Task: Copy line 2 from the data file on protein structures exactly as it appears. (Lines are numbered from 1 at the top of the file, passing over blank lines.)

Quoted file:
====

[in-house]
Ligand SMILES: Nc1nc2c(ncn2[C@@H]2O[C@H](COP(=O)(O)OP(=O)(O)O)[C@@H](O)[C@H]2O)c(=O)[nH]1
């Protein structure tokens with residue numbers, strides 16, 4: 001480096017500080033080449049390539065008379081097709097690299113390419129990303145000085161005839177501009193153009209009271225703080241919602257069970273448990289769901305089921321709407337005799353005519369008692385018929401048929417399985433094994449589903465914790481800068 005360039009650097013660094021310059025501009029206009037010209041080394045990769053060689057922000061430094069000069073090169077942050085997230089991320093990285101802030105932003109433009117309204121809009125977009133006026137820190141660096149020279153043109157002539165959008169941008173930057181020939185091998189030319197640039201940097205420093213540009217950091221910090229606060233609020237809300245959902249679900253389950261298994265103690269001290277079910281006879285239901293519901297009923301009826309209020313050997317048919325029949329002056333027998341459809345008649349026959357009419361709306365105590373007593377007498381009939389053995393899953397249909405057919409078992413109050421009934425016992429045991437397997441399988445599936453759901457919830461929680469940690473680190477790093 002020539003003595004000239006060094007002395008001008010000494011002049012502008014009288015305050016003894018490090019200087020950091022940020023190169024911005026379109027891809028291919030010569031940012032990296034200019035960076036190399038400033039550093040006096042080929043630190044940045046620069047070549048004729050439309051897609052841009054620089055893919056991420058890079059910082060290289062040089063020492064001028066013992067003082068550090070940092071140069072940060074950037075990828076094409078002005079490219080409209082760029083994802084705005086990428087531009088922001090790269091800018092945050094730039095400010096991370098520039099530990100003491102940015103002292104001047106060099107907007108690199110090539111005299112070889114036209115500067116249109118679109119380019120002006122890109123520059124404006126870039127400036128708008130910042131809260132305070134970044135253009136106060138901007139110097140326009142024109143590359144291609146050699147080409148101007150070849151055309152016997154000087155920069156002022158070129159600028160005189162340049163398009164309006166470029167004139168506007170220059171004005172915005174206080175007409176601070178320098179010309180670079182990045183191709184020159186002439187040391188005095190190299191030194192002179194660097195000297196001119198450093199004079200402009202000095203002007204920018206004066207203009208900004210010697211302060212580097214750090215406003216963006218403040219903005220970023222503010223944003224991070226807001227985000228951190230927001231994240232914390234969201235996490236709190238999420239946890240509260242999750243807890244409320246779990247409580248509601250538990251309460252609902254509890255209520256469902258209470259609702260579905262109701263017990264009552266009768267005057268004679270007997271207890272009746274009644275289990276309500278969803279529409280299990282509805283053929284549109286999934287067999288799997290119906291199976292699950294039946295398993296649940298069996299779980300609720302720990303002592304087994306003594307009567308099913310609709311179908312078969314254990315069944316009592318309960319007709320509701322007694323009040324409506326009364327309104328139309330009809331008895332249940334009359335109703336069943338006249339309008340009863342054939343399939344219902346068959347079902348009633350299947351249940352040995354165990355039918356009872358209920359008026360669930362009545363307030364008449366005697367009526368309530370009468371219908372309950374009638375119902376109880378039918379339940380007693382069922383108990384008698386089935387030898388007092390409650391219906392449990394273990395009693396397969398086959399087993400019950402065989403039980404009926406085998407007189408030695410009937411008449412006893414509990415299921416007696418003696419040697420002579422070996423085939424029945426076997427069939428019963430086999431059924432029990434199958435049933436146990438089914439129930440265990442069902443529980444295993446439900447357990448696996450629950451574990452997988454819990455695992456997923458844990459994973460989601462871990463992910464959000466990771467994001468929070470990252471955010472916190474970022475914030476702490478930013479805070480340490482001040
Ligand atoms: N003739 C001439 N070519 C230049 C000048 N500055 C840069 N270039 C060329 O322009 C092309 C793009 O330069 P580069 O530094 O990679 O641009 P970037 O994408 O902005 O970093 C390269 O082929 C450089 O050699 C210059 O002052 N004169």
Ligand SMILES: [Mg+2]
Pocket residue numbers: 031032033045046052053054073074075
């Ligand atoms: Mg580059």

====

Ligand SMILES: Nc1nc2c(ncn2[C@@H]2O[C@H](COP(=O)(O)OP(=O)(O)O)[C@@H](O)[C@H]2O)c(=O)[nH]1